Each brand has an identity. For example, Jeep’s identity is the “adventurer”. Adidas’ identity is “athletic”. Each brand has an identity that’s connected to a specific set of attitudes, values, and interests. Consumers, then, want to engage with brands that have a similar identity to theirs. So, when a brand with a particular set of values appeals to a consumer with a similar set of values, that process of influence is an example of luxury brand marketing.

Appealing to the Lifestyle Consumer

No lifestyle consumer is the same. Think about your circle of friends: do all of you hold the same interests? Do you all hold the same values? Today’s lifestyle consumers engage with brands that allow them, or give them the tools, to connect with their ideal selves. In that sense, not every luxury brand will appeal to every lifestyle consumer. That is why it is important to find and forge relationships with consumers whose ideals align with your own, and vice-versa.

In general, lifestyle consumers don’t want to be “sold” anything. They want to resonate with high-end brands on an emotional level, and feel that they’re part of a community that they support, and that supports them.

In order to appeal to the lifestyle consumer, you have to ask yourself two questions:

  • What values do we want to promote?

  • What type of emotional connection do we want to have with our consumers?

By determining what type of relationship you want to have with your consumer, you’re better able to cater to their evolving needs.

3 Keys to Building a Successful Lifestyle Brand

Your consumers’ needs and values is the foundation. So, what can we lay on top of this foundation to create something sustainable and influential? Here are the 3 keys to building a successful lifestyle brand:

1. Understand your Lifestyle Identity

Adidas’ identity is athletic. All Saints’ identity is edgy. What’s yours? Being able to clarify your identity allows you to narrow your focus, and understand what kinds of customers you’ll be forming deeper connections with. In luxury lifestyle marketing, knowing your identity helps you identify the values and products your customers will feel most connected to. By determining your identity as a lifestyle brand, you’ve just opened the door to all the necessary information you’ll need, not only to become successful, but to become influential!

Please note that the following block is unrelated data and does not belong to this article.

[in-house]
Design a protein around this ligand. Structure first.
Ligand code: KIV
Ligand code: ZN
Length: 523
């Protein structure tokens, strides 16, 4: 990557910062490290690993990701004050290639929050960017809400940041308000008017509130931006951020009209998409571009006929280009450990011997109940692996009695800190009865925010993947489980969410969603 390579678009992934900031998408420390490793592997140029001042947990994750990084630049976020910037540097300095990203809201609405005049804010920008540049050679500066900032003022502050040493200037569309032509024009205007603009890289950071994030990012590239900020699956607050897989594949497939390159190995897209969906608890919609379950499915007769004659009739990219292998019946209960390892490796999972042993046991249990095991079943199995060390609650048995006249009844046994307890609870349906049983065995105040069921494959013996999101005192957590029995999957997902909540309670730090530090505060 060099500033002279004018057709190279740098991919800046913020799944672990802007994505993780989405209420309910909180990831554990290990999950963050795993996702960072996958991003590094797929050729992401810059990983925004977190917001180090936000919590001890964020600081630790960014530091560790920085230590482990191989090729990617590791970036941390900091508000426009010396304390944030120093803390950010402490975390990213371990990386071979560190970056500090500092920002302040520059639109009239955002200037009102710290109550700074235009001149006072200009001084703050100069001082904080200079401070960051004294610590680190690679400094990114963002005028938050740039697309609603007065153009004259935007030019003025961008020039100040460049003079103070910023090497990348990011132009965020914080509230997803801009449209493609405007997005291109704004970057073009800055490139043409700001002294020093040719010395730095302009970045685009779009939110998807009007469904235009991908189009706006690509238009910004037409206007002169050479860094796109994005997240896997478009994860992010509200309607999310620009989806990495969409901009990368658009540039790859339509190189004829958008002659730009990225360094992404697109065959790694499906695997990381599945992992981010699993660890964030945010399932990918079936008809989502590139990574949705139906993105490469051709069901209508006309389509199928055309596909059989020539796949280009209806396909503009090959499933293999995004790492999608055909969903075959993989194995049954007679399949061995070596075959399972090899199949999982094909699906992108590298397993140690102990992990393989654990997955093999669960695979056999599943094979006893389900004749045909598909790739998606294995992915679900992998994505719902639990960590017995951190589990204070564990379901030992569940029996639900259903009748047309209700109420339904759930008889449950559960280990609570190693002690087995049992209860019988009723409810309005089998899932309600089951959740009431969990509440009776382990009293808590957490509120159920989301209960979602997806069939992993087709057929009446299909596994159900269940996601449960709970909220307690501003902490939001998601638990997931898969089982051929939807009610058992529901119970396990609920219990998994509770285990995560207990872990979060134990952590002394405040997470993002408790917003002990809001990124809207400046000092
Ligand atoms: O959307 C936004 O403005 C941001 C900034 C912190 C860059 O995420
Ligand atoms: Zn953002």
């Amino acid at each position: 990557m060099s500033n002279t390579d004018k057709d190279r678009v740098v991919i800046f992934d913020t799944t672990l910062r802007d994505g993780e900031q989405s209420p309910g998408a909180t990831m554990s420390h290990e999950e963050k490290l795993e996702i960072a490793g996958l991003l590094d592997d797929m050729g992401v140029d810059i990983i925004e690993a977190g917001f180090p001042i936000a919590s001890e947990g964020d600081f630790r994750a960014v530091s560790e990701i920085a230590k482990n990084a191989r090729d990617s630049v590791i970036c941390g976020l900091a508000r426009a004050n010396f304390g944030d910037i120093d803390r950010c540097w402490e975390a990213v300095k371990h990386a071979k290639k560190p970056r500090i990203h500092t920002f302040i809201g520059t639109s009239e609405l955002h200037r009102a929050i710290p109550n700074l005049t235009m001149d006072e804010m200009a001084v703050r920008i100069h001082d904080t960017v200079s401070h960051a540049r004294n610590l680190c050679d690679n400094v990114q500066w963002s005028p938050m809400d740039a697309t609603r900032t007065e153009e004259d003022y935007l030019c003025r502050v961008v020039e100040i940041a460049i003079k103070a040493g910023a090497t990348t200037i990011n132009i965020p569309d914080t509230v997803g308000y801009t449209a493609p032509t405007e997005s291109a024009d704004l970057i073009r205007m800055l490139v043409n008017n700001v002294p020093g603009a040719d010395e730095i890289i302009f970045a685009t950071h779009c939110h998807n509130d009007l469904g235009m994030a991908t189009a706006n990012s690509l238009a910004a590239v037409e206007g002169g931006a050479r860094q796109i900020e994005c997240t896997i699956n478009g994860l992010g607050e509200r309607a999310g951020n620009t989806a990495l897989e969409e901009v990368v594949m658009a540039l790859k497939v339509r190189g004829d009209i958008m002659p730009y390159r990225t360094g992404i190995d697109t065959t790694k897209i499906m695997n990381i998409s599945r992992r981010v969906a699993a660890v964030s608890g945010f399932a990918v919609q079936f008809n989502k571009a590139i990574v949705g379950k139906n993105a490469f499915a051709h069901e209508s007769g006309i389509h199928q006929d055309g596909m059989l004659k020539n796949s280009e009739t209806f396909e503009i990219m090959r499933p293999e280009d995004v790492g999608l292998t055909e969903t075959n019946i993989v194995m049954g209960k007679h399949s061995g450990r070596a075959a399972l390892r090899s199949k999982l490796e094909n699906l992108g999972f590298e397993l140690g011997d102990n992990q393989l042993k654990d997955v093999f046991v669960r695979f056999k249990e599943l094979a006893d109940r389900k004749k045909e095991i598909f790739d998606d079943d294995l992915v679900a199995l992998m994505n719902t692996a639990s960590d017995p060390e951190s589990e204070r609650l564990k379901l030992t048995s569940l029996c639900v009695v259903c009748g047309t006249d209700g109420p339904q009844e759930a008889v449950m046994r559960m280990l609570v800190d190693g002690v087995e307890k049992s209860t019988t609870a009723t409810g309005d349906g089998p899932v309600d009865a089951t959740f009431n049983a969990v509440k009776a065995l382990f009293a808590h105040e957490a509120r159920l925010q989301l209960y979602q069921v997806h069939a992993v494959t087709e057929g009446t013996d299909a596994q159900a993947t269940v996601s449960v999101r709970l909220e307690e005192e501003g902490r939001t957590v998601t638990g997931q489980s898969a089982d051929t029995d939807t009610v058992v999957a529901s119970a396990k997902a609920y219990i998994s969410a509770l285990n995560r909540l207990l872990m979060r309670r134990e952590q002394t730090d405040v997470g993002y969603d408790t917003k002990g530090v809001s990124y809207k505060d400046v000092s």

2. Be Personal

If you want to forge emotional connections with potential and existing consumers, you need to know who you’re talking to. You may have people walking through your door with differing needs, yet all of them likely share similar values. It is important to create targeted messaging using hyper-personalization so that you focus on their interests. Each consumer is an influencer. You want to articulate that you hear and see them—and that you are not simply trying to sell them your product.

It’s also important to show them that you’re receptive to their perspectives and ideals. The way they are, and who they are, is of value to you, and you want to cater to that. You can also forge these emotional connections by creating novel experiences for your consumers. When your offerings and your overall branding is striking, the experiences that you’re offering to your existing and potential consumers, will stay with the people who believe in your values.

3. Leverage Wealth Data